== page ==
Next we have a different pair with clashing styles: -

Different Styles – part 2                                      Board 8 from Friday 15th   


N-S at Table A missed an easy game, who would you blame?


Dealer:             Q3                                              Table A

West                AQ987                                       West          North(G)    East          South(F)

Love all            AJ104                                        pass           1              pass         1

                        A6                                              pass           2    (1)      pass         pass (2)


J104                   N               986                            

1052               W    E            KJ63                 Table B

K632                 S                Q95                   West          North(G)    East          South(F)

K84                                     J93                     pass           1              pass         1

                        AK752                                       -                 2    (1)      pass         2    (2)

4                                                 pass           3   (3)      pass         3NT (4)

87                                              all pass                



Table A:     (1)  What did you bid with this North hand G in this week’s quiz? A jump to 3 is game forcing and this hand is not good enough, so 2 is clear to me.

                  (2)  What did you bid with this South hand F in this week’s quiz? This is the second example of differing styles. This South believes that a simple 2 rebid by partner at (1) is limited to about 14 points and that with a stronger hand North should jump to 3, so he passed. I don’t like this style at all and would bid as table B.

Table B:     (2)  This South chose the fairly obvious 2 rebid in answer to question F. Pass does not appeal as it may be a 4-2 fit in a low scoring minor suit contract. 2 has the advantages that it shows the good 5-card suit and gives partner the opportunity to try for game should he have 15-17 points or so. Good bid.

(3)   North could bid 2NT as a try now, but I prefer 3 - 4th suit forcing. I play 4th suit forcing as generally game forcing but having already made a passable bid and thus limiting the hand, this bid is not game forcing but game invitational and North should pass any 3// bid from South. Bidding the 4th suit (rather than 2NT) is also preferable as it protects partner’s holding.

(4)   South has an obvious 3NT bid.


And what happened? Table A was the only one not to bid game. Results were 3NT+2, 3NT+1 twice, 4-2 (although Deep finesse says it makes +1) and 2+2.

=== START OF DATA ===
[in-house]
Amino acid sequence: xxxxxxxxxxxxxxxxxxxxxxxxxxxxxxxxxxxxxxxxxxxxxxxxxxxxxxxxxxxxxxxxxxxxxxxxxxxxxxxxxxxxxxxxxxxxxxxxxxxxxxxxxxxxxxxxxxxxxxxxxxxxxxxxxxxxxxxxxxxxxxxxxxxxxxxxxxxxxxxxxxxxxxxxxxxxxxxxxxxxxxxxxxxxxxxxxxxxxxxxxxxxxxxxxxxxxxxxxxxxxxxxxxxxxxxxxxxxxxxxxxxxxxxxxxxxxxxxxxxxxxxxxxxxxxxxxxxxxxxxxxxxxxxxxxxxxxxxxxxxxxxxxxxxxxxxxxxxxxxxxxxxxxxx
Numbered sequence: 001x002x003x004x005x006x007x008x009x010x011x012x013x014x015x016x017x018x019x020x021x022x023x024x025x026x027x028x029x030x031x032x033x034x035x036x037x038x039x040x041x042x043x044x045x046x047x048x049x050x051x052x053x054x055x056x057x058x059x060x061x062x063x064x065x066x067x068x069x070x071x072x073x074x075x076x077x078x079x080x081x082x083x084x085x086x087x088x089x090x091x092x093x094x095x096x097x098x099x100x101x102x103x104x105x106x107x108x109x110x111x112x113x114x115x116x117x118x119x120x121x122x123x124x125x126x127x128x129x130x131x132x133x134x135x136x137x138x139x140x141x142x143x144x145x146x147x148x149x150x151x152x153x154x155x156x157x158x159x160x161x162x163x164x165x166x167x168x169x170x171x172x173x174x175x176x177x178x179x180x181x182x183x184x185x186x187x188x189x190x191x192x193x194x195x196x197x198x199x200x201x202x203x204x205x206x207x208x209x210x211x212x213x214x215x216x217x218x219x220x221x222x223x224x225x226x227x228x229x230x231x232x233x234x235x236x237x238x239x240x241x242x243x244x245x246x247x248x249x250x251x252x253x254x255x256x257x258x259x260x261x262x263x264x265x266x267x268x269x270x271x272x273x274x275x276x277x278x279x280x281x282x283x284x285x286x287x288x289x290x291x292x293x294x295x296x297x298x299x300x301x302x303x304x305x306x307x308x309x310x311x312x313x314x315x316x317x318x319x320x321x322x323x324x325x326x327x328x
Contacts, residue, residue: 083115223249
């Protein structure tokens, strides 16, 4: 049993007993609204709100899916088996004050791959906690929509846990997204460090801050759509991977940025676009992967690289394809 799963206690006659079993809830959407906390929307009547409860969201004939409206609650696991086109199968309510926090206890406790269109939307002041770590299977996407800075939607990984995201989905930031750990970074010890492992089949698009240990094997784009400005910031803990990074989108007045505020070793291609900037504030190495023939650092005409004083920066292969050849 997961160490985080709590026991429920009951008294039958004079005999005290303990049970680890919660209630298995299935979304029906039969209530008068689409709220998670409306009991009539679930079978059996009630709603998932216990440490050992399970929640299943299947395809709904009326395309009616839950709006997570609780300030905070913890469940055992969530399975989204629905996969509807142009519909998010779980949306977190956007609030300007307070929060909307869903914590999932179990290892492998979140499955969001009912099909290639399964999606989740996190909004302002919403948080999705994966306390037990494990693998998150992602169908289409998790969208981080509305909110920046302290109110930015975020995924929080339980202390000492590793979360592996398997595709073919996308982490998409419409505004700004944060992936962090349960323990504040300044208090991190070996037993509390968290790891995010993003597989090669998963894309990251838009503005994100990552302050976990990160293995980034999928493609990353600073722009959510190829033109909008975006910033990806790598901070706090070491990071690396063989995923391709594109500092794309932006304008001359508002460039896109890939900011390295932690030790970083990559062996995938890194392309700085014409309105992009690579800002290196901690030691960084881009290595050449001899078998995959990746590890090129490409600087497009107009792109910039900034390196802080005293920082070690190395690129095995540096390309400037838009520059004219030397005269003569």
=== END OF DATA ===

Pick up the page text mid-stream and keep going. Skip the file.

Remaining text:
The bottom lines: -

-     Sequences like sequence K (1 - 1 - 2) may be as strong as 17 points. I.e. not enough to force to game opposite a 1-level response.

Different Styles – part 3                                      West hand 23 from Friday 15th   


A2                    What would you open with this hand if playing Acol (4 card majors and a

Q964                weak No Trump). A few players at the club (Sean Burgess and the Watsons)

KQJ                 say that they play Acol. This is debatable, as with this hand they open 1

KJ97                whereas the correct Acol opening is 1 - Acol is a four card major system

and you should open a 4 card major in preference to a 4-card minor. For the sake of the unbelievers (it’s difficult to comprehend I know, but not everybody believes what I say) I’ll quote from the ‘Basic System’ for the Bidding Competition of the BRIDGE magazine – now the UK’s only bridge magazine. The very first line reads “Natural, 4-card majors with a major bid before a minor (’s before ’s and ’s before ’s)…”

Acol is defined as a four card major system and a main point of the system is to get your major in quickly, and the recommended method is to open the major if your rebid is NoTrumps (15+). Of course with a 5-card minor you bid the minor first, so the sequence 1 - 1 - 1 … promises a 5-card suit. The only exceptions are 4441 and 4414 where some would open the minor.


Bidding Quiz Answers


Hand A:    2. Show partner that you have support. 1NT, with three trumps and an outside doubleton is a very poor bid.

Hand B:    Dbl. This hand is easily strong enough in the balancing seat and dbl is much better than 2 as partner may be sitting there with a stack.

Hand C:    Pass. With length in RHO’s suit it’s usually best to pass. 1 would be my second choice and double is terrible with 5 ’s. 1NT does not appeal to me either.

Hand D:    (a)  2, this hand is not good enough for a game try (2NT) with no support opposite.

(b)   3, a help-suit game try. With at least 3 ’s opposite this hand should produce 5 tricks and is worth a game try.

Hand E:    1 or possibly 1NT. Dbl, with just five cards in the majors and three in the suit opened is terrible in my opinion.

Hand F:     2. With 9 points you have to make another bid (partner may have 16 or so points) and this suit is certainly good enough to bid again.

Hand G:    2, the hand is not good enough for a game forcing 3 and with 8 or more points partner will make another bid.

Hand H:    2, pick a major. 1 (with the intention of bidding ’s later if you get a chance) is a poor second choice.     


Bidding Sequence Quiz Answers


J      1NT   pass   3                   3 here is up to partnership understanding. Some play it as a slam try, some as weak and 5-5 in the minors and in SAYC it is invitational to 3NT showing a 6 card suit with two honours.

K     1♥      pass   1      pass       The upper limit is around 17, i.e. not good enough for a

2                                        game forcing 3.

L      1♥      pass   1      pass       This 3 is game forcing and should be around 18, maybe

3                                        less with good shape and/or decent ’s.

M    1     1                              Most play it as around 16-17 points and double with more. This is clearly stated as the SAYC norm.




 Ron Klinger web site